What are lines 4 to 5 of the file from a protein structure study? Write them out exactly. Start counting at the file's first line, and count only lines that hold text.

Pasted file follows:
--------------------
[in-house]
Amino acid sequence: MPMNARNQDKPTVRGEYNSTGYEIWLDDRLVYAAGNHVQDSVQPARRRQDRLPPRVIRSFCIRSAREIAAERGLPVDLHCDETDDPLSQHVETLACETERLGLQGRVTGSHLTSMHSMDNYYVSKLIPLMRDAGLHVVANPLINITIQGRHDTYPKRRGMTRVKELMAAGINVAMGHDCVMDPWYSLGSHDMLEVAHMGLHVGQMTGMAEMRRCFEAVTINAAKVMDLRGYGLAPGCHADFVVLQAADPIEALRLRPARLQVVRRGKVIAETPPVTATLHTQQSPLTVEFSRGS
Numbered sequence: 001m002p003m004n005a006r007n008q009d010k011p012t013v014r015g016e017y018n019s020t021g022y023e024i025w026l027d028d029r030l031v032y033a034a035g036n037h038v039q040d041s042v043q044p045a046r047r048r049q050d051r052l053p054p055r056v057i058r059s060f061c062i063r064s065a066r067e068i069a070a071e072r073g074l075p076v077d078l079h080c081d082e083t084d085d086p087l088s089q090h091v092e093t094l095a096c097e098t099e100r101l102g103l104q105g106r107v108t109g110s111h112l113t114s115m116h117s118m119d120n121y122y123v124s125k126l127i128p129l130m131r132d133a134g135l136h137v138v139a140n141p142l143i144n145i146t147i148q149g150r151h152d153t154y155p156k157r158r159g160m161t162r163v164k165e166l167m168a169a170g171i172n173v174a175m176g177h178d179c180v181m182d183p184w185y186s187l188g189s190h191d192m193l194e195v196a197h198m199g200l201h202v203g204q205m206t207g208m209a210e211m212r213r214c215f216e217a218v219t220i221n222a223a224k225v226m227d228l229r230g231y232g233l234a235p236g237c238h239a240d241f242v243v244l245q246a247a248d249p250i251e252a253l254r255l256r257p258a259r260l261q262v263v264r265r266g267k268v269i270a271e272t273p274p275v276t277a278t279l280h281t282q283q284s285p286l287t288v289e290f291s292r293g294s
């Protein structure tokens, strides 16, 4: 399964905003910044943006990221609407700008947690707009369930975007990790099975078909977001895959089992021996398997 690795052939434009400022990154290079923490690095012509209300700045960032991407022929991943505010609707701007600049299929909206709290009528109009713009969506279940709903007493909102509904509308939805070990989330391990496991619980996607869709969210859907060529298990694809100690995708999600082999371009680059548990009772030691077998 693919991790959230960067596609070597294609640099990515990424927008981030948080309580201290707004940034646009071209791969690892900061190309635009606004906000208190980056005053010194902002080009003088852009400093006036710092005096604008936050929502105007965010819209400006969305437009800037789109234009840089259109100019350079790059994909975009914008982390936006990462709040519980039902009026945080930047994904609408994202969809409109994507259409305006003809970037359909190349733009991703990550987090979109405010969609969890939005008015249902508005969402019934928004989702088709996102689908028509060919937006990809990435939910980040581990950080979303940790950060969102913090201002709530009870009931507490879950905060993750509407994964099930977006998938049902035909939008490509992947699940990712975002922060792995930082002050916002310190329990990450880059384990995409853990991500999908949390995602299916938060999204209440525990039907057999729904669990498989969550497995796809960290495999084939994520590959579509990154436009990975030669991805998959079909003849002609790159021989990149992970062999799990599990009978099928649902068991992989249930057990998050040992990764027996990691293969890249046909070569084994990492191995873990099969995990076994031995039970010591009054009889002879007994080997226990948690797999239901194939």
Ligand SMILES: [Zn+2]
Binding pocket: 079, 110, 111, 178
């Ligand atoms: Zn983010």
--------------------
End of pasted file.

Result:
């Protein structure tokens, strides 16, 4: 399964905003910044943006990221609407700008947690707009369930975007990790099975078909977001895959089992021996398997 690795052939434009400022990154290079923490690095012509209300700045960032991407022929991943505010609707701007600049299929909206709290009528109009713009969506279940709903007493909102509904509308939805070990989330391990496991619980996607869709969210859907060529298990694809100690995708999600082999371009680059548990009772030691077998 693919991790959230960067596609070597294609640099990515990424927008981030948080309580201290707004940034646009071209791969690892900061190309635009606004906000208190980056005053010194902002080009003088852009400093006036710092005096604008936050929502105007965010819209400006969305437009800037789109234009840089259109100019350079790059994909975009914008982390936006990462709040519980039902009026945080930047994904609408994202969809409109994507259409305006003809970037359909190349733009991703990550987090979109405010969609969890939005008015249902508005969402019934928004989702088709996102689908028509060919937006990809990435939910980040581990950080979303940790950060969102913090201002709530009870009931507490879950905060993750509407994964099930977006998938049902035909939008490509992947699940990712975002922060792995930082002050916002310190329990990450880059384990995409853990991500999908949390995602299916938060999204209440525990039907057999729904669990498989969550497995796809960290495999084939994520590959579509990154436009990975030669991805998959079909003849002609790159021989990149992970062999799990599990009978099928649902068991992989249930057990998050040992990764027996990691293969890249046909070569084994990492191995873990099969995990076994031995039970010591009054009889002879007994080997226990948690797999239901194939």
Ligand SMILES: [Zn+2]